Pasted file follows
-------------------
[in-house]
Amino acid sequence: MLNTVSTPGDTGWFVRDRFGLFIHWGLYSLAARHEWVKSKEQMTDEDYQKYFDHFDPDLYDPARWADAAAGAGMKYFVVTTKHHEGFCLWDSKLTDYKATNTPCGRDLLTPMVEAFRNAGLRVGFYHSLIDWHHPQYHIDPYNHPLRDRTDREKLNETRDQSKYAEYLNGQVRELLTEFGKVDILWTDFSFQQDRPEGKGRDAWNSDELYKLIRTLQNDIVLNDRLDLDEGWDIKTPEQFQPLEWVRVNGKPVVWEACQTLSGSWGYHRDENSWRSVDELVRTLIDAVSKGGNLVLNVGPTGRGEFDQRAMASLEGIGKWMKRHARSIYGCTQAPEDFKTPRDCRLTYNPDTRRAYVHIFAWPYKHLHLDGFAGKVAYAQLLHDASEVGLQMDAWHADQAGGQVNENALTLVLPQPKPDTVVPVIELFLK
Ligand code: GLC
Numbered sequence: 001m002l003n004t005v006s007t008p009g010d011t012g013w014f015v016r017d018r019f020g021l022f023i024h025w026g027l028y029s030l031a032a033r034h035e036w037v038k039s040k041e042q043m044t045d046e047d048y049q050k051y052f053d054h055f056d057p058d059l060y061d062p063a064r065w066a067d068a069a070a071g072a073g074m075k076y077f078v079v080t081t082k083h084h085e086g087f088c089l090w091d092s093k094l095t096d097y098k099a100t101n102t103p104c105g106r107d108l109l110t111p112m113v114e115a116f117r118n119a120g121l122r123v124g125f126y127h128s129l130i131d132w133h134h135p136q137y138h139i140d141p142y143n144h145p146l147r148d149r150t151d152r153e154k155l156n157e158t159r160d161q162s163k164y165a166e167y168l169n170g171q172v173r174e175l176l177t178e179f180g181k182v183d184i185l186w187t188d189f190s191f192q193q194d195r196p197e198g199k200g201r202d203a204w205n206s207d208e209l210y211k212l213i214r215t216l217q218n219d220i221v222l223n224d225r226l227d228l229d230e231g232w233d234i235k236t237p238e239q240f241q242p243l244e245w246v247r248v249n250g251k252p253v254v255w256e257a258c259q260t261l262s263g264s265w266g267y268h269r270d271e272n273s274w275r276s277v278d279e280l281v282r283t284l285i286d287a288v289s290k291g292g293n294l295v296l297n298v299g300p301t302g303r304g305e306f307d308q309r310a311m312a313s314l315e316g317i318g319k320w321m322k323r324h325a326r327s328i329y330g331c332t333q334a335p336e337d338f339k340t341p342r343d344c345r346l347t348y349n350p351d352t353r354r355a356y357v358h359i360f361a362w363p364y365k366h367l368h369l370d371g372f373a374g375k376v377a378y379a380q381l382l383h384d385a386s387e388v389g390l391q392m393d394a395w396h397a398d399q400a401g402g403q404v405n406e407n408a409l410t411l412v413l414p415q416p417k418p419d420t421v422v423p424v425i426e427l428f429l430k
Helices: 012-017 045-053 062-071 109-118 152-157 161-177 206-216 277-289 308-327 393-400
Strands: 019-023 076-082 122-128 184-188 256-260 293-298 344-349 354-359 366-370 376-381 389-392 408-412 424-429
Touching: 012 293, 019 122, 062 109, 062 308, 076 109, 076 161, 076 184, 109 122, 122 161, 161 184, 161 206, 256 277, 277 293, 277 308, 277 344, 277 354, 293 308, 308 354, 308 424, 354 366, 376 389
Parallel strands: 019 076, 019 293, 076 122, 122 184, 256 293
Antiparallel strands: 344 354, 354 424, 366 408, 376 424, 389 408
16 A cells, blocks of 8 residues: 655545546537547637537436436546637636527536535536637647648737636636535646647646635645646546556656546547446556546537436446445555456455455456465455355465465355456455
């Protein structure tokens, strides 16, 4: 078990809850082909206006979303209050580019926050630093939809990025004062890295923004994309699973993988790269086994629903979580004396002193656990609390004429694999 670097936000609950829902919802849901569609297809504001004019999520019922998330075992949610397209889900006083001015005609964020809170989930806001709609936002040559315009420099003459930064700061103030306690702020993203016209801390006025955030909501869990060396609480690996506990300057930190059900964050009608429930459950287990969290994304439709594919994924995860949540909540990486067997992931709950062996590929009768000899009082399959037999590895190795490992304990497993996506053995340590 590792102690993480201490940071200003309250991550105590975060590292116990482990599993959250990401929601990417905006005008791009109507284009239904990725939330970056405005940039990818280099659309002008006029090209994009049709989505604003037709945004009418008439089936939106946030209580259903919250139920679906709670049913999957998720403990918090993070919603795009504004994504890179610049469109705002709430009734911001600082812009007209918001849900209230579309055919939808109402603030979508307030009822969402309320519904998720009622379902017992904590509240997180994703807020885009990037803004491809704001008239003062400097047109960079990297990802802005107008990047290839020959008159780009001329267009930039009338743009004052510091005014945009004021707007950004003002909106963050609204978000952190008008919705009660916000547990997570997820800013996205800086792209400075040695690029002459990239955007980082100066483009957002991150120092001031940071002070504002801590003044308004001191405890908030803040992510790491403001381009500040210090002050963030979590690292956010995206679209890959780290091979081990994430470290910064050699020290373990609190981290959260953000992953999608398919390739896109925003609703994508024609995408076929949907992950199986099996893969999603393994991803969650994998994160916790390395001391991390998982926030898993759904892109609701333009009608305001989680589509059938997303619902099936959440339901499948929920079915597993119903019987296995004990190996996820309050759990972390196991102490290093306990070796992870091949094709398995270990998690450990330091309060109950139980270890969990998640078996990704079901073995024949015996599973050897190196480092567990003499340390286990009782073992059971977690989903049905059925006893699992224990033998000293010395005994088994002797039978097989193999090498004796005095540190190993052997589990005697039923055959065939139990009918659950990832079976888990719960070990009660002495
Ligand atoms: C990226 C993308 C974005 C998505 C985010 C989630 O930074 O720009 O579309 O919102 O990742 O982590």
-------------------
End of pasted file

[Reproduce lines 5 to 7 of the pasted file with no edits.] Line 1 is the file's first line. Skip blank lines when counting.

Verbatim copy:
Helices: 012-017 045-053 062-071 109-118 152-157 161-177 206-216 277-289 308-327 393-400
Strands: 019-023 076-082 122-128 184-188 256-260 293-298 344-349 354-359 366-370 376-381 389-392 408-412 424-429
Touching: 012 293, 019 122, 062 109, 062 308, 076 109, 076 161, 076 184, 109 122, 122 161, 161 184, 161 206, 256 277, 277 293, 277 308, 277 344, 277 354, 293 308, 308 354, 308 424, 354 366, 376 389